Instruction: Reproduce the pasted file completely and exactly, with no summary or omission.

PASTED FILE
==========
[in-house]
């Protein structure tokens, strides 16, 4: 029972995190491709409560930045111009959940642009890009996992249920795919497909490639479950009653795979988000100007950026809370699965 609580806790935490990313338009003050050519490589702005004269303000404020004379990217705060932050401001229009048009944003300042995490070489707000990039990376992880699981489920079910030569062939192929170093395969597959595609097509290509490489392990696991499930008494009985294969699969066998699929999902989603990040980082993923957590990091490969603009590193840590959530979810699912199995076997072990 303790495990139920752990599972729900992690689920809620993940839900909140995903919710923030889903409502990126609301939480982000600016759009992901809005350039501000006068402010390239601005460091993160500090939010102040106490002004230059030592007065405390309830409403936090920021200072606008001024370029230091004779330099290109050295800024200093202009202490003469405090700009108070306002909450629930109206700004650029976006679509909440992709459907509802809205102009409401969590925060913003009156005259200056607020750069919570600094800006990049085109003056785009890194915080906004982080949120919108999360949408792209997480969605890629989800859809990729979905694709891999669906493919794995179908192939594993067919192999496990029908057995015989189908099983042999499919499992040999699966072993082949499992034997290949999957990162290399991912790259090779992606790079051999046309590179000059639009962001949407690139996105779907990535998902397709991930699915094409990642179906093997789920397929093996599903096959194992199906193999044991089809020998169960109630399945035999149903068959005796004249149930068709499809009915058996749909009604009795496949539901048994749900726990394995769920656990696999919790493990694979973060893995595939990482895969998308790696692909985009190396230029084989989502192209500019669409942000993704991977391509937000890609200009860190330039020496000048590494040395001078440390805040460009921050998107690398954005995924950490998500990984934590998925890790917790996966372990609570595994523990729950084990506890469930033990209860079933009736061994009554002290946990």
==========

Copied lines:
[in-house]
């Protein structure tokens, strides 16, 4: 029972995190491709409560930045111009959940642009890009996992249920795919497909490639479950009653795979988000100007950026809370699965 609580806790935490990313338009003050050519490589702005004269303000404020004379990217705060932050401001229009048009944003300042995490070489707000990039990376992880699981489920079910030569062939192929170093395969597959595609097509290509490489392990696991499930008494009985294969699969066998699929999902989603990040980082993923957590990091490969603009590193840590959530979810699912199995076997072990 303790495990139920752990599972729900992690689920809620993940839900909140995903919710923030889903409502990126609301939480982000600016759009992901809005350039501000006068402010390239601005460091993160500090939010102040106490002004230059030592007065405390309830409403936090920021200072606008001024370029230091004779330099290109050295800024200093202009202490003469405090700009108070306002909450629930109206700004650029976006679509909440992709459907509802809205102009409401969590925060913003009156005259200056607020750069919570600094800006990049085109003056785009890194915080906004982080949120919108999360949408792209997480969605890629989800859809990729979905694709891999669906493919794995179908192939594993067919192999496990029908057995015989189908099983042999499919499992040999699966072993082949499992034997290949999957990162290399991912790259090779992606790079051999046309590179000059639009962001949407690139996105779907990535998902397709991930699915094409990642179906093997789920397929093996599903096959194992199906193999044991089809020998169960109630399945035999149903068959005796004249149930068709499809009915058996749909009604009795496949539901048994749900726990394995769920656990696999919790493990694979973060893995595939990482895969998308790696692909985009190396230029084989989502192209500019669409942000993704991977391509937000890609200009860190330039020496000048590494040395001078440390805040460009921050998107690398954005995924950490998500990984934590998925890790917790996966372990609570595994523990729950084990506890469930033990209860079933009736061994009554002290946990």